North Carolina Cooperative Extension is helping fruit and vegetable farmers across the state minimize fresh produce safety risks through a comprehensive set of educational tools.

The N.C. MarketReady Fresh Produce Safety – Field to Family training curriculum is being distributed to Extension agents throughout the state. The training manual focuses on Good Agricultural Practices (GAPs), including what it takes to obtain GAPs certification, and managing risks from field to market. Extension agents, who received training on using the curriculum earlier this year, will use the curriculum to train growers.

“This is an opportune time to educate growers so they may be equipped with the knowledge of Good Agricultural Practices in advance of impending food safety regulations,” says Diane Ducharme, GAPs program coordinator and Extension associate in horticulture and food safety with N.C. MarketReady. “Implementing the practices outlined in the training curriculum will allow North Carolina growers to compete in the evolving agricultural market.”

The curriculum is divided into two training tiers. The tiered educational program has been developed to encompass the wide range of growers’ needs reflecting farm size, markets and associated commodity-specific risks. It is designed to give producers a proactive, educational and incentive-based program for their individual needs.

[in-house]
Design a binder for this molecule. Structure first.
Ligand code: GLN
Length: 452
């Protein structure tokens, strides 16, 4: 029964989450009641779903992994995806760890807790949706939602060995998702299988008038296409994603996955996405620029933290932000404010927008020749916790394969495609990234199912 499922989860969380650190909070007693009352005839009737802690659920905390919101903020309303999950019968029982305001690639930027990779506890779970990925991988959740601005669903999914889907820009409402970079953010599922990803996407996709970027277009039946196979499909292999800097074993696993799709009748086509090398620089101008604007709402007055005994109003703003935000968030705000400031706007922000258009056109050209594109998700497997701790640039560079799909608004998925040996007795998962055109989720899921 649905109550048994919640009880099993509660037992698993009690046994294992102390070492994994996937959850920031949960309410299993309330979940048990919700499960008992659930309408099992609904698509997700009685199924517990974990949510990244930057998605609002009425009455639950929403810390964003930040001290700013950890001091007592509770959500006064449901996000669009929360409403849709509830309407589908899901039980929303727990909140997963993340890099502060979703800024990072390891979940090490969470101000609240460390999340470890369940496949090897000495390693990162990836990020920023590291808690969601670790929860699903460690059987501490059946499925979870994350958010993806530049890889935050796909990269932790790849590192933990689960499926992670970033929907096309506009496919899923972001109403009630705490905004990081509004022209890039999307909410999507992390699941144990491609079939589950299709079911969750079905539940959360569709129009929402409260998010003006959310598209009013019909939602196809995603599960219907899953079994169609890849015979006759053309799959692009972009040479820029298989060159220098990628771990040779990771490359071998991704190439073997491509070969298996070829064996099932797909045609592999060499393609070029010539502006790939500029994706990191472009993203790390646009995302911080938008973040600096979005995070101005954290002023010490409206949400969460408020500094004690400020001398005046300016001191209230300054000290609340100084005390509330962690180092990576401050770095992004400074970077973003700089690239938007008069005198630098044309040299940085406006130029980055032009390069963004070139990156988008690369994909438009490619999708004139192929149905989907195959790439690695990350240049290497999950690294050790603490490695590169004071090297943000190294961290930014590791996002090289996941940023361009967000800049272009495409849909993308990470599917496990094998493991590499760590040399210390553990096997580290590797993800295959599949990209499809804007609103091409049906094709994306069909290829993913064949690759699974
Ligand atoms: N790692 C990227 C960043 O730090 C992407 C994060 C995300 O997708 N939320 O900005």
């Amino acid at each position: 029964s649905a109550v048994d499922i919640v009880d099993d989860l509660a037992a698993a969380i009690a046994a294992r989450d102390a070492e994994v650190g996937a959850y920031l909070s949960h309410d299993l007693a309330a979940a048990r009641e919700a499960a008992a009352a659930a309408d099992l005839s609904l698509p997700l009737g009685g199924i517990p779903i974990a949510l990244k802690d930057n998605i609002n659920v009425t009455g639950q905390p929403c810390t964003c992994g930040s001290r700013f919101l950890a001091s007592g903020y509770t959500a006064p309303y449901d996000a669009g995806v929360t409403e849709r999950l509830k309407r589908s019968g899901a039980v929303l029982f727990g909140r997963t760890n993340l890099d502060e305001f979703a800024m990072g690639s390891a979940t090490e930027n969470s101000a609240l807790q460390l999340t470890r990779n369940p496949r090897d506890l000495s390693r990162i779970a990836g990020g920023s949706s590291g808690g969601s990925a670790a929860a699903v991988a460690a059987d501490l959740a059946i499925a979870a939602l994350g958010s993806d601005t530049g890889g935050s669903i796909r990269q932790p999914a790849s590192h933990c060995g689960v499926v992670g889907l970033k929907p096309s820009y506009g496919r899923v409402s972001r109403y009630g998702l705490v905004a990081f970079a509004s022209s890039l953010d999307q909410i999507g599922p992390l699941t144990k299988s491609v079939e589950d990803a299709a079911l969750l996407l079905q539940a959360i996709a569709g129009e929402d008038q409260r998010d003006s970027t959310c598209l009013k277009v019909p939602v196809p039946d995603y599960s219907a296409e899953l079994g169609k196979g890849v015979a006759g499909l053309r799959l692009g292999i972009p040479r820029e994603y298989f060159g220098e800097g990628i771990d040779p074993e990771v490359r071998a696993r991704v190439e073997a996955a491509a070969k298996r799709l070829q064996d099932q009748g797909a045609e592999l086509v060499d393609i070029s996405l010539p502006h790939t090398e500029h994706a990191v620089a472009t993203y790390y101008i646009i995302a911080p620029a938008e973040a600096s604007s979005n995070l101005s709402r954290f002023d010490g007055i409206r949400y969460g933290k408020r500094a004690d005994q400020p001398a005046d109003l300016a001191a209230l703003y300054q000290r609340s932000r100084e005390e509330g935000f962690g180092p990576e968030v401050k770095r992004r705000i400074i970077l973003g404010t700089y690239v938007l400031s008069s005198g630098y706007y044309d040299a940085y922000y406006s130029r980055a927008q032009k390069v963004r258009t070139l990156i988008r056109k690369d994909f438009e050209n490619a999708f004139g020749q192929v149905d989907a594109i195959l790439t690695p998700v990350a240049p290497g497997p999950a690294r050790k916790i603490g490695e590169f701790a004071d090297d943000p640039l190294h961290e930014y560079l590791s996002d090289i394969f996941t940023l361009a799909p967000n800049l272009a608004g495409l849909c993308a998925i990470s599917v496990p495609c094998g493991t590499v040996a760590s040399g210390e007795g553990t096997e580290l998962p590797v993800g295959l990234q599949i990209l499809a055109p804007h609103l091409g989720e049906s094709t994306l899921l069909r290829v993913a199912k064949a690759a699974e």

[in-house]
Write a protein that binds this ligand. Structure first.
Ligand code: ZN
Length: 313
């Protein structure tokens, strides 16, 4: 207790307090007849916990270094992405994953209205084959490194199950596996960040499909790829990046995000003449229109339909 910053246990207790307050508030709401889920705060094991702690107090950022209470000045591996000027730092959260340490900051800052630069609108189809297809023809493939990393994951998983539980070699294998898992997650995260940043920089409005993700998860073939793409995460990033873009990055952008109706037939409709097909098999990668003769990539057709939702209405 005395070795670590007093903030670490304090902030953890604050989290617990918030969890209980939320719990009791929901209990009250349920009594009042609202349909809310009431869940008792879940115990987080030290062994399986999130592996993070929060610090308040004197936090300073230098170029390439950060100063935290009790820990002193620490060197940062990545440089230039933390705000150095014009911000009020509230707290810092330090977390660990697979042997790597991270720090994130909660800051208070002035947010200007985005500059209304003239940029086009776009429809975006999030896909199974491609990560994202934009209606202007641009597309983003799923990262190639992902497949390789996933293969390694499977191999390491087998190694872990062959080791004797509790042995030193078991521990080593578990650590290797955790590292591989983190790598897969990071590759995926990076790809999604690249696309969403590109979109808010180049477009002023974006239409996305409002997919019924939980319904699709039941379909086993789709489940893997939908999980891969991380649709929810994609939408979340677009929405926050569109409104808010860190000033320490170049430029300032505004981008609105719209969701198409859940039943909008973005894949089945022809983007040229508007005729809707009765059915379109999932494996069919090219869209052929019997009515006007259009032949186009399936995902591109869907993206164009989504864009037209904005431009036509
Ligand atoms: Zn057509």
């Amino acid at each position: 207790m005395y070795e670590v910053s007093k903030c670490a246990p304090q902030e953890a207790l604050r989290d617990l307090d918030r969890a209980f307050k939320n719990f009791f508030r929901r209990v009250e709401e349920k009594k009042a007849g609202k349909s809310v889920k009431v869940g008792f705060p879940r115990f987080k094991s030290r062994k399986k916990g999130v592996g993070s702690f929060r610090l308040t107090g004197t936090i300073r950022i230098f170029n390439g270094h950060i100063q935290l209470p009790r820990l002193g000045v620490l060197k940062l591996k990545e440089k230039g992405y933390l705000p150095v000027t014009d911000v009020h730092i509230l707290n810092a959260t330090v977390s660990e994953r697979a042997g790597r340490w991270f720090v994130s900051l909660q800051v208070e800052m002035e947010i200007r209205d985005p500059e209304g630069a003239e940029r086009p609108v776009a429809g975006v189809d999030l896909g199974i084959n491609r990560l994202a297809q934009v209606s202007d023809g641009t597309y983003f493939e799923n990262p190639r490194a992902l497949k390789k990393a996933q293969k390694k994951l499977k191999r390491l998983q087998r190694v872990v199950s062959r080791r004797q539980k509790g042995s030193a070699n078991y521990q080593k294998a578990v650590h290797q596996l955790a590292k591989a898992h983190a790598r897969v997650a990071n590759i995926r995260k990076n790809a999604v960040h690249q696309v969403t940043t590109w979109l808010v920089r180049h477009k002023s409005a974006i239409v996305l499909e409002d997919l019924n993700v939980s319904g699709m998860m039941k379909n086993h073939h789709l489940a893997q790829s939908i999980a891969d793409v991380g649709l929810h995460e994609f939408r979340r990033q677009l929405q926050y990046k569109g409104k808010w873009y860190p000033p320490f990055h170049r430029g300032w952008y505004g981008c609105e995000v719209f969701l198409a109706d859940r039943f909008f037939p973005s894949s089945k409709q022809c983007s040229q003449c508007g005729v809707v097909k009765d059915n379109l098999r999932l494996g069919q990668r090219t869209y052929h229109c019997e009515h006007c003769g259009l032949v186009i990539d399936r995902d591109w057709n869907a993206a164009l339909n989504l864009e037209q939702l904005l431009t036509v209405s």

• Tier 1 will address GAPs that are directly related to field production and harvest. The training will include an introduction to common food-borne pathogens and diseases as well as recognizing points of potential contamination, proper use of biosolids as a nutrient source, effective hand-washing procedures, packing facility cleanliness and verifying water quality for field application and postharvest handling.

• Tier 2 will address risk identification and management issues including transportation and traceability, product recalls, liability and insurance options, and crisis communications.

The N.C. MarketReady Fresh Produce Safety training curriculum was developed with funding from Southern Region Sustainable Agriculture Research & Education Program, the North Carolina Tobacco Trust Fund Commission and the USDA Risk Management Agency. Contributing authors of the curriculum were faculty from North Carolina State and North Carolina A&T State universities, along with members of the North Carolina Fresh Produce Safety Task Force. Learn more at www.ncmarketready.org.